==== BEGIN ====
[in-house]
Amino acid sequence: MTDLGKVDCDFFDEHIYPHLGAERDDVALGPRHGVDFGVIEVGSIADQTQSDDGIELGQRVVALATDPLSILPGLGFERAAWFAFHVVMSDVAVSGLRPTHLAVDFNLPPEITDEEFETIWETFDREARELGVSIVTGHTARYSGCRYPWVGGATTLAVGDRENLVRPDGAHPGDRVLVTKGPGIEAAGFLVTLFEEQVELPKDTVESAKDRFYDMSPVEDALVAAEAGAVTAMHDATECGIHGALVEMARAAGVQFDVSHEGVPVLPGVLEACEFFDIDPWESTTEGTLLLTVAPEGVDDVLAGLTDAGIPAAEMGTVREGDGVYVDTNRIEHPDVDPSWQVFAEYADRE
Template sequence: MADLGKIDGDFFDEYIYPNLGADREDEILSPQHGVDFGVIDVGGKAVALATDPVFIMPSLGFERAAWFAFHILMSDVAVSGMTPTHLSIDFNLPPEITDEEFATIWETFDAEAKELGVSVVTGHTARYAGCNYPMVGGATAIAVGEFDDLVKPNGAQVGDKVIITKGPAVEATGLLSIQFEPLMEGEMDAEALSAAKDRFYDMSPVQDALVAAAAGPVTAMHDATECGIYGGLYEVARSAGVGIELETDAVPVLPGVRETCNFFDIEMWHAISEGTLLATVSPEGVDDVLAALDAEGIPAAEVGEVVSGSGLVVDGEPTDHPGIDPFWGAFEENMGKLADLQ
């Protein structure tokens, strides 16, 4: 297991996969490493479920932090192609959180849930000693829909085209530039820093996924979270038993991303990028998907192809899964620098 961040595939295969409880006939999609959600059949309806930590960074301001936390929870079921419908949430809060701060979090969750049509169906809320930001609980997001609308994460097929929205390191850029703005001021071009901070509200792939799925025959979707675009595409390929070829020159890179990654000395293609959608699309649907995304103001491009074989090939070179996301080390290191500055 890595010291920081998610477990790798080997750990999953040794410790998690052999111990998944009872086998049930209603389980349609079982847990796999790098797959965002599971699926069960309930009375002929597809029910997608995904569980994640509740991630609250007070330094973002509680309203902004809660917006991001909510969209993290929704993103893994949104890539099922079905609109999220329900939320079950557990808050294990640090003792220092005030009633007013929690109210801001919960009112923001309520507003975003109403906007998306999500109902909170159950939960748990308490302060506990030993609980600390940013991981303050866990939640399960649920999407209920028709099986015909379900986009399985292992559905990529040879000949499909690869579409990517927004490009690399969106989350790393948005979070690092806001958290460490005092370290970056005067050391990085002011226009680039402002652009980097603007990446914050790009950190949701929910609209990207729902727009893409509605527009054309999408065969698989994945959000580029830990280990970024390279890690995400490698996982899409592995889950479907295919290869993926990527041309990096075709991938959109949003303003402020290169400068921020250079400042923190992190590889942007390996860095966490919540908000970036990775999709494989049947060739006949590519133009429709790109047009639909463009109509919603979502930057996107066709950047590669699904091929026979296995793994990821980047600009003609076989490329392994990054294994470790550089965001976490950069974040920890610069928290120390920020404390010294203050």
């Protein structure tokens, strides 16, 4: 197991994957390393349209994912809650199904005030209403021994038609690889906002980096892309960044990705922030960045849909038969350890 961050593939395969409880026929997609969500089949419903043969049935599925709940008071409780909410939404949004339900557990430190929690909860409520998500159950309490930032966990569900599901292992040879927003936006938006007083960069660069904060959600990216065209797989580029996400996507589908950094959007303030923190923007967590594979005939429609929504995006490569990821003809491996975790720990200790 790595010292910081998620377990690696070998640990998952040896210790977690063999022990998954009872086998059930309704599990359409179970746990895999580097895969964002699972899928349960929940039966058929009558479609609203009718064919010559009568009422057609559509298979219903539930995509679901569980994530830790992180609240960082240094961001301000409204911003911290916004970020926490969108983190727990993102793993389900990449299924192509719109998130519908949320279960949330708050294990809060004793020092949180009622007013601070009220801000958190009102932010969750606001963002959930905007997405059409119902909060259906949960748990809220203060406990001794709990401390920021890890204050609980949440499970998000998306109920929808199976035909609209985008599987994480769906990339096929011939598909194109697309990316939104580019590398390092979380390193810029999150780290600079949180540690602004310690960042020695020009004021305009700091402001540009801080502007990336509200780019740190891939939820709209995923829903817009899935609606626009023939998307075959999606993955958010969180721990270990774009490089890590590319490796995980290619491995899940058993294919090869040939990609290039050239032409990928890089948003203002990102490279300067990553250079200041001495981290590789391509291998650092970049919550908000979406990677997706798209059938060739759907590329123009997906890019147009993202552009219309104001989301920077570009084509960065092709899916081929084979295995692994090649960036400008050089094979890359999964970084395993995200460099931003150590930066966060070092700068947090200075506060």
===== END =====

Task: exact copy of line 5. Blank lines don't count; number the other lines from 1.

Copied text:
């Protein structure tokens, strides 16, 4: 197991994957390393349209994912809650199904005030209403021994038609690889906002980096892309960044990705922030960045849909038969350890 961050593939395969409880026929997609969500089949419903043969049935599925709940008071409780909410939404949004339900557990430190929690909860409520998500159950309490930032966990569900599901292992040879927003936006938006007083960069660069904060959600990216065209797989580029996400996507589908950094959007303030923190923007967590594979005939429609929504995006490569990821003809491996975790720990200790 790595010292910081998620377990690696070998640990998952040896210790977690063999022990998954009872086998059930309704599990359409179970746990895999580097895969964002699972899928349960929940039966058929009558479609609203009718064919010559009568009422057609559509298979219903539930995509679901569980994530830790992180609240960082240094961001301000409204911003911290916004970020926490969108983190727990993102793993389900990449299924192509719109998130519908949320279960949330708050294990809060004793020092949180009622007013601070009220801000958190009102932010969750606001963002959930905007997405059409119902909060259906949960748990809220203060406990001794709990401390920021890890204050609980949440499970998000998306109920929808199976035909609209985008599987994480769906990339096929011939598909194109697309990316939104580019590398390092979380390193810029999150780290600079949180540690602004310690960042020695020009004021305009700091402001540009801080502007990336509200780019740190891939939820709209995923829903817009899935609606626009023939998307075959999606993955958010969180721990270990774009490089890590590319490796995980290619491995899940058993294919090869040939990609290039050239032409990928890089948003203002990102490279300067990553250079200041001495981290590789391509291998650092970049919550908000979406990677997706798209059938060739759907590329123009997906890019147009993202552009219309104001989301920077570009084509960065092709899916081929084979295995692994090649960036400008050089094979890359999964970084395993995200460099931003150590930066966060070092700068947090200075506060």